[Show abstract][Hide abstract] ABSTRACT: Mutations in the Cu,Zn-superoxide dismutase (SOD1) gene cause familial amyotrophic lateral sclerosis (FALS). Lowering intracellular Cu improves the FALS-like phenotype of mutant SOD1 mice. Using immobilized Cu-affinity chromatography, we have previously shown that mutant SOD1 is expressed as two affinity fractions, one with high affinity for Cu (SOD1(HAC)) and one with low affinity (SOD1(LAC)), whereas wild-type SOD1 is expressed only as SOD1(LAC). Here we further characterize SOD1(HAC) to ascertain the toxicity of mutant SOD1 species. We found that SOD1(HAC) was modified at cysteine residues (Cys) and could be generated from wild-type SOD1 by oxidation of Cys. SOD1(HAC) mainly consisted of monomer, whereas SOD1(LAC) was a dimer. Mutant SOD1s possessed ectopic thiol oxidase activity that was exaggerated by loading it with adventitial Cu, but this activity was minimal in wild-type SOD1. Wild-type SOD1 could be induced to develop the activity by oxidation of Cys. Conversely, mutant SOD1 decreased the activity by being forced away from its monomeric state with a cross-linker. A significant decrease in free thiol concentration was observed in Neuro2a cells transfected with mutant SOD1s when they were treated with Cu. SOD1(HAC) may be pathogenic in FALS by being a monomeric species that gains a redox activity by aberrantly coordinating Cu(2+).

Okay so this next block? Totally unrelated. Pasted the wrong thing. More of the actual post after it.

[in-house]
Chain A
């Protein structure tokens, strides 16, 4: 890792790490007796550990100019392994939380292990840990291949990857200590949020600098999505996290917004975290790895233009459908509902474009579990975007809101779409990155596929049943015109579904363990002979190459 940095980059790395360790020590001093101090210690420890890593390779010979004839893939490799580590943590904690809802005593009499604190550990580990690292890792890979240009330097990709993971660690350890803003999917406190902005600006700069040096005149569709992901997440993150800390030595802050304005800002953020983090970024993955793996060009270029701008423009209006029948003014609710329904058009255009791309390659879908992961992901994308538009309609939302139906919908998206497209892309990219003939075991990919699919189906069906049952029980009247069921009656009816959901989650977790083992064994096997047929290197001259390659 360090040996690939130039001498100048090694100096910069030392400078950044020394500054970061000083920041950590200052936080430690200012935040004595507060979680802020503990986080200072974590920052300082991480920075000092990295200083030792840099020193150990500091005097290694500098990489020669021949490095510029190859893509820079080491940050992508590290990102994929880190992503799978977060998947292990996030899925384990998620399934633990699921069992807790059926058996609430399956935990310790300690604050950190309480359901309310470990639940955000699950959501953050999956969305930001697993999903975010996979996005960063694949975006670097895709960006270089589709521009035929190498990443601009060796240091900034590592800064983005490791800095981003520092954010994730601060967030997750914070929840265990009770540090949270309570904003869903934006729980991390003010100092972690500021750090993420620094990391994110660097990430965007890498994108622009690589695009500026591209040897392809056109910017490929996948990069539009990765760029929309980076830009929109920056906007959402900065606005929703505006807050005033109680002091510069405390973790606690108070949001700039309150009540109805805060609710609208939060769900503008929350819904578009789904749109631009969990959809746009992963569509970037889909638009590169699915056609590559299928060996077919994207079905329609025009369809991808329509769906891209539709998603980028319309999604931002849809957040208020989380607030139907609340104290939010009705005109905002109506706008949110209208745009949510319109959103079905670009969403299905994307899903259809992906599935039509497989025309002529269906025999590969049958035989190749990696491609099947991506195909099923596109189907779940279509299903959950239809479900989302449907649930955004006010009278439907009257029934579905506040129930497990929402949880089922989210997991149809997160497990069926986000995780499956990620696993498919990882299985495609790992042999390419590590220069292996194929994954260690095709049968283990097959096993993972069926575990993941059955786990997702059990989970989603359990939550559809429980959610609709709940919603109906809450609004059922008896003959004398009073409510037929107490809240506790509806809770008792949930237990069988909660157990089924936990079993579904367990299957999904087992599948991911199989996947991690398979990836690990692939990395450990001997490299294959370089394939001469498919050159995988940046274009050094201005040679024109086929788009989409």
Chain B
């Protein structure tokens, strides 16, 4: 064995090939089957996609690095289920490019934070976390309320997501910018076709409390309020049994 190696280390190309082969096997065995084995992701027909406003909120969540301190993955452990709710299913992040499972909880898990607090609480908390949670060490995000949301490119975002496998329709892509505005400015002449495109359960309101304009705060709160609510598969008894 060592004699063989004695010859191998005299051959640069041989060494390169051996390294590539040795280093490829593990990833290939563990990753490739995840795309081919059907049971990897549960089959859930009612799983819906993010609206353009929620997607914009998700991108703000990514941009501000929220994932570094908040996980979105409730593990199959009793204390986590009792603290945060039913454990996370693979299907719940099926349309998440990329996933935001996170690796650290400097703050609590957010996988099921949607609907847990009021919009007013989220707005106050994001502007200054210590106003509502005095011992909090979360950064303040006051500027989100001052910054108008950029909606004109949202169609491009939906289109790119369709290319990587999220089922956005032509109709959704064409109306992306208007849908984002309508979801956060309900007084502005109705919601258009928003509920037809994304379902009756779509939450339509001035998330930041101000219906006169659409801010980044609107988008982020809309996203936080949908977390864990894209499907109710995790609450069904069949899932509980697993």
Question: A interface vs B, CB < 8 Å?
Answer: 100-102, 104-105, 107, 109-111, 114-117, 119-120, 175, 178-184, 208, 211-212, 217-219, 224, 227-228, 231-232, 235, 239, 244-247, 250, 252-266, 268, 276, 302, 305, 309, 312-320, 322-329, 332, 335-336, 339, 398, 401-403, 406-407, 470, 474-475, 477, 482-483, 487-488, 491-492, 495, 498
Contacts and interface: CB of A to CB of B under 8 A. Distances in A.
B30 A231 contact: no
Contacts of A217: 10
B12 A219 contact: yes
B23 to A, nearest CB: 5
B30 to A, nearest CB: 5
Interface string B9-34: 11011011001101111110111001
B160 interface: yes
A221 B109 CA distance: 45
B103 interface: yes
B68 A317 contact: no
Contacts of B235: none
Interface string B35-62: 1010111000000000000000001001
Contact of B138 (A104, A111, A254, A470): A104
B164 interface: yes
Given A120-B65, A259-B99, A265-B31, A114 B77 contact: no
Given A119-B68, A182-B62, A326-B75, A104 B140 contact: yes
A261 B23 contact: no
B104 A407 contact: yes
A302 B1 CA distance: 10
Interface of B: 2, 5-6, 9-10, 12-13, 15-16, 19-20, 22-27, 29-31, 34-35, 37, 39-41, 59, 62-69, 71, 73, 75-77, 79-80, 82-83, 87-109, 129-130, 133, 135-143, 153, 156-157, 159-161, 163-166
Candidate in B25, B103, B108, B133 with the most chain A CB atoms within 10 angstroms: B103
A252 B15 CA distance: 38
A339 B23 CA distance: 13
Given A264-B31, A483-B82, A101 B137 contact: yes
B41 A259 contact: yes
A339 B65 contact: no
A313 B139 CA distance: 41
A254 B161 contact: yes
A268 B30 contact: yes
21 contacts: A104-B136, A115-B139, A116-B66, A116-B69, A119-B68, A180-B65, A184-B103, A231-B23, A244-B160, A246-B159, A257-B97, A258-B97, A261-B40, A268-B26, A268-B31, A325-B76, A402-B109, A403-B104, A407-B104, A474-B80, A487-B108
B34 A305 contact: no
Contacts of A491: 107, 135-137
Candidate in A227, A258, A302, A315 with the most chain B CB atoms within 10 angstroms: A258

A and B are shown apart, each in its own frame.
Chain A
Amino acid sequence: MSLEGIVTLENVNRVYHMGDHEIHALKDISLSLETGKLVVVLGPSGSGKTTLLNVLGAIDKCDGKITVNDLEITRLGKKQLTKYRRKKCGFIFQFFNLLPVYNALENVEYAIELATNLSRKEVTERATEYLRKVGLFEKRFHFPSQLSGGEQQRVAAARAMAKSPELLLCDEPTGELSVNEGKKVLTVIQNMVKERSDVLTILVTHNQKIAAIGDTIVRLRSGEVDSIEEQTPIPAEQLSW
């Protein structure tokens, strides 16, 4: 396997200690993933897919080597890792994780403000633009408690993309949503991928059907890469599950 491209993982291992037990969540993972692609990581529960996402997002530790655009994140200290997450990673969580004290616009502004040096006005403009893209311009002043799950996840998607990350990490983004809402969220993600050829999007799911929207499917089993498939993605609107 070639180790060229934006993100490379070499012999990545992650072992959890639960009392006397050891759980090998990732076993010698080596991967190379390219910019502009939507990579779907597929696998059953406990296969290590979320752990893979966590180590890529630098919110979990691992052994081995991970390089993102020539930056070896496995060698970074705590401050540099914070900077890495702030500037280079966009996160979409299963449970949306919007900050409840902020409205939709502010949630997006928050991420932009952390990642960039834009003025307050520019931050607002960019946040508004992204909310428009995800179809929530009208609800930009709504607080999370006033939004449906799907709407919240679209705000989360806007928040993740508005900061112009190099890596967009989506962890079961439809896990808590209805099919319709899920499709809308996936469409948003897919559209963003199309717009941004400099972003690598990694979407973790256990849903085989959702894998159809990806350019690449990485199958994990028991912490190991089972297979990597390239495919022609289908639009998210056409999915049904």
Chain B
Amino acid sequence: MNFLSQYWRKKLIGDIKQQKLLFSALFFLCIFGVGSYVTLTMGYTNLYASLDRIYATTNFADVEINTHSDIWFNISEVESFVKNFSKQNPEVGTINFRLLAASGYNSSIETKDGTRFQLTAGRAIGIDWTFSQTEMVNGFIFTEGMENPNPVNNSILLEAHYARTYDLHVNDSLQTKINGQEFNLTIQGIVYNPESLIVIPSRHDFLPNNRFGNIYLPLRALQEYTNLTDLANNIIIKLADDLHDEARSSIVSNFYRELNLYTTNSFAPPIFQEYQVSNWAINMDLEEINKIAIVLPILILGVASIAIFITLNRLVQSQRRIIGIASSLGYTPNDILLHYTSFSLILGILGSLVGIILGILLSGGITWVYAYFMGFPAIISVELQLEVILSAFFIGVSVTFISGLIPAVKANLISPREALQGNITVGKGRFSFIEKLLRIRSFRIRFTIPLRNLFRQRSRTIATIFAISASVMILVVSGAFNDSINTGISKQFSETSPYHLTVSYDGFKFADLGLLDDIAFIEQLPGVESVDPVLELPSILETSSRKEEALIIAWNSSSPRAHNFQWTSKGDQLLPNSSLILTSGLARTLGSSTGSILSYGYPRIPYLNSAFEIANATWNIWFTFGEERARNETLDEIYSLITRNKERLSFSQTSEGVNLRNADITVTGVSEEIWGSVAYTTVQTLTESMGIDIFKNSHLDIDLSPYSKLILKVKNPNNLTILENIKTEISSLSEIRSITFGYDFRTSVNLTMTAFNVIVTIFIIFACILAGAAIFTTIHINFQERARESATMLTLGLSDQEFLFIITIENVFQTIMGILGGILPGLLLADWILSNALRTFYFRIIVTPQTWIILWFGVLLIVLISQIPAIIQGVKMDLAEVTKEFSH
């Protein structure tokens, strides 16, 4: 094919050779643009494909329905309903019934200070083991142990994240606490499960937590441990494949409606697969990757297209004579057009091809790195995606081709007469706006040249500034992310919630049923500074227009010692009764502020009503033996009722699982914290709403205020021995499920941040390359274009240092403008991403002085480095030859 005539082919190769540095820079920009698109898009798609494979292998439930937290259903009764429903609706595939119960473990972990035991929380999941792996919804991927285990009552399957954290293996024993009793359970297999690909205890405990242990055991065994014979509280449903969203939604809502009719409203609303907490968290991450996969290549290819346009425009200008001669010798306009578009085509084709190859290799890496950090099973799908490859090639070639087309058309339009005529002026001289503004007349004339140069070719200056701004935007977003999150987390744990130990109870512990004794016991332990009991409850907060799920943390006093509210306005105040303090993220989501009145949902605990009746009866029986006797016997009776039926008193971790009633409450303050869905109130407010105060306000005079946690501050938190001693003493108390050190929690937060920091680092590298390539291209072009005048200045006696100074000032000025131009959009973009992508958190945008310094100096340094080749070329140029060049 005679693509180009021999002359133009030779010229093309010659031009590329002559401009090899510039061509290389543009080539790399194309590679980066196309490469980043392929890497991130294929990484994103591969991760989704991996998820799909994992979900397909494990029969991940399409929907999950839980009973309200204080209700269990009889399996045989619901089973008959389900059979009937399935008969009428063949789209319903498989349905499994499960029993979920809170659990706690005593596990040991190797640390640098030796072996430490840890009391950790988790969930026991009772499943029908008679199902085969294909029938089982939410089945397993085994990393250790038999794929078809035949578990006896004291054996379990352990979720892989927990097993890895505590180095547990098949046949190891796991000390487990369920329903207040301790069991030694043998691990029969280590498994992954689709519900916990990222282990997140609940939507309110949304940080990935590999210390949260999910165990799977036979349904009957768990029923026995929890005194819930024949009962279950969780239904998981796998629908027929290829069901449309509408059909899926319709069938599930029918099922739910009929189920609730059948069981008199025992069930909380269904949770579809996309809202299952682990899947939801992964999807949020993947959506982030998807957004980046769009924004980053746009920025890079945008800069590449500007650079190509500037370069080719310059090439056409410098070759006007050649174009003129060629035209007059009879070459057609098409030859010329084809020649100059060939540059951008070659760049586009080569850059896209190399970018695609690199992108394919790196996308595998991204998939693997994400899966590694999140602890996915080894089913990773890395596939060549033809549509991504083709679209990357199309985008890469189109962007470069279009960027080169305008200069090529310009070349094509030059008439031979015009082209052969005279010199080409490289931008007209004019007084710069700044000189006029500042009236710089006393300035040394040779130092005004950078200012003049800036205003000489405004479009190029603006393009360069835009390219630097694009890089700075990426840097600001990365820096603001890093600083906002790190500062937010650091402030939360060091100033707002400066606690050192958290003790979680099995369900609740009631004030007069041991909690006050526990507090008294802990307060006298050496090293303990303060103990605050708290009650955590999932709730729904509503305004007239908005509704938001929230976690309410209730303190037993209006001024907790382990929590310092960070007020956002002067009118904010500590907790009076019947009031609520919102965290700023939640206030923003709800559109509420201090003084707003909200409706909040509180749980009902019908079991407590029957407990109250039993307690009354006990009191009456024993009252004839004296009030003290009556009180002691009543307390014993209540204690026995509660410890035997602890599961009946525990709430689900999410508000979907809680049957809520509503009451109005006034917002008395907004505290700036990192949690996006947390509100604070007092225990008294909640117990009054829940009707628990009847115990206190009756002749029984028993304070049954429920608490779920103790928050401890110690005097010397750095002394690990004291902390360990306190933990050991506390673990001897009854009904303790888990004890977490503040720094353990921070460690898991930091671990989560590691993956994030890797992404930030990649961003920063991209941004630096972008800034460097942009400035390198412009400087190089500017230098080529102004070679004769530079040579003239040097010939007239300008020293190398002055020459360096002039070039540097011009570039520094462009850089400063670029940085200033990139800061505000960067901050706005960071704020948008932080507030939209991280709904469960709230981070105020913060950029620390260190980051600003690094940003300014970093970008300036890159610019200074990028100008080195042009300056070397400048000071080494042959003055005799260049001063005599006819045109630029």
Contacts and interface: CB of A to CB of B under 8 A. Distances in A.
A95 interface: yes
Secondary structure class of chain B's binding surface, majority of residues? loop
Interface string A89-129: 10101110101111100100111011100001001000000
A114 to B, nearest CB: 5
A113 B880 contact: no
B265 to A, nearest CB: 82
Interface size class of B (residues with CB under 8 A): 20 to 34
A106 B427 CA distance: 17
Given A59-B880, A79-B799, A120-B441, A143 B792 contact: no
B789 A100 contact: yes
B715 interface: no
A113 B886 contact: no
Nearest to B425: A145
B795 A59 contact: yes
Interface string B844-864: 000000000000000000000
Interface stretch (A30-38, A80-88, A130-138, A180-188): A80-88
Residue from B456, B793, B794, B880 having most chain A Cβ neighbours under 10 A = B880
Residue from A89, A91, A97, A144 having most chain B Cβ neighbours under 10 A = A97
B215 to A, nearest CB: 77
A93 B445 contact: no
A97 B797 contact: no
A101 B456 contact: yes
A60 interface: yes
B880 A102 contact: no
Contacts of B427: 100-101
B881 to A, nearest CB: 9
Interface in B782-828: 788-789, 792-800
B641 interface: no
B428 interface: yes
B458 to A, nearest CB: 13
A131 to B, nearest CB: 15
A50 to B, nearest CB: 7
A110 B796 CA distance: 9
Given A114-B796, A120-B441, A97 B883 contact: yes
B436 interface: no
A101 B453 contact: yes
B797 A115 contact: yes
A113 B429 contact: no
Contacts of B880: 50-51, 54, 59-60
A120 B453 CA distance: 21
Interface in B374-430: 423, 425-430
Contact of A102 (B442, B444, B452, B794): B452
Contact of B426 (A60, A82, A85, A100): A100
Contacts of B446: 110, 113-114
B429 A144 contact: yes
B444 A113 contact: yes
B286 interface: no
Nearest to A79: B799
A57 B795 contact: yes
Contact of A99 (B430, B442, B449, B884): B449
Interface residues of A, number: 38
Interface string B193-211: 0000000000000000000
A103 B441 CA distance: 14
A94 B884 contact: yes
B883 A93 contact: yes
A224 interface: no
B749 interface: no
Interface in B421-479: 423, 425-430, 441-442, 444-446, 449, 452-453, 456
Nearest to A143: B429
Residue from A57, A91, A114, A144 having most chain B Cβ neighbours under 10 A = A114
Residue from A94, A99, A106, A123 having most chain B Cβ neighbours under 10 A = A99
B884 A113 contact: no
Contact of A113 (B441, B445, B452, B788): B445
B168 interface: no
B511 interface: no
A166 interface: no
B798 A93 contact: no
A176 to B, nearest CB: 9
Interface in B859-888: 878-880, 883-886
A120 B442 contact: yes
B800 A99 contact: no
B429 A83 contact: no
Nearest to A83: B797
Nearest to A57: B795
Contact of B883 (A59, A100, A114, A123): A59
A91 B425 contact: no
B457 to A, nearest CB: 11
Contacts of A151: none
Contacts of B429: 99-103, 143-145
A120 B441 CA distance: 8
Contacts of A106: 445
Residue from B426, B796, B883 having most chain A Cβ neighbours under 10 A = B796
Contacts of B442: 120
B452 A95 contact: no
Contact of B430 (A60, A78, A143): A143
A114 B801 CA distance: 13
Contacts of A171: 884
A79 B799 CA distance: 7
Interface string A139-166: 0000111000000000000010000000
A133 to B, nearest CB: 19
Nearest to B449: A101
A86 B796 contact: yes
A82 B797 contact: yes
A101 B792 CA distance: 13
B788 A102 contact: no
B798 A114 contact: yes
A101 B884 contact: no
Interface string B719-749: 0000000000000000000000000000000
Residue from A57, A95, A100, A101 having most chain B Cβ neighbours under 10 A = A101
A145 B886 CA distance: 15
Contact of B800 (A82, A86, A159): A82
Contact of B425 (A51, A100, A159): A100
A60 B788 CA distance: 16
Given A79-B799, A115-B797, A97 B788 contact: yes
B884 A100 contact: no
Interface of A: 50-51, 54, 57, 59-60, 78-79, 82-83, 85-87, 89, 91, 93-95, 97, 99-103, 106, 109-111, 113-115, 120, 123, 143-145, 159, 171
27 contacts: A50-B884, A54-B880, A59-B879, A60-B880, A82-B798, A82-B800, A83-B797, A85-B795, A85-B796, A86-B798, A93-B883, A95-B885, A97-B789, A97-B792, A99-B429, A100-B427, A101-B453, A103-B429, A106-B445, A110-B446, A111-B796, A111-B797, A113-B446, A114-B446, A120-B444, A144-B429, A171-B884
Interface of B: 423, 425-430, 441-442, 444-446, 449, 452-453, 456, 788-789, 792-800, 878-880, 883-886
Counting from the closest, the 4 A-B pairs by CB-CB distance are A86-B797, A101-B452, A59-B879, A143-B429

No preview · Article · Apr 2010 · Free Radical Biology and Medicine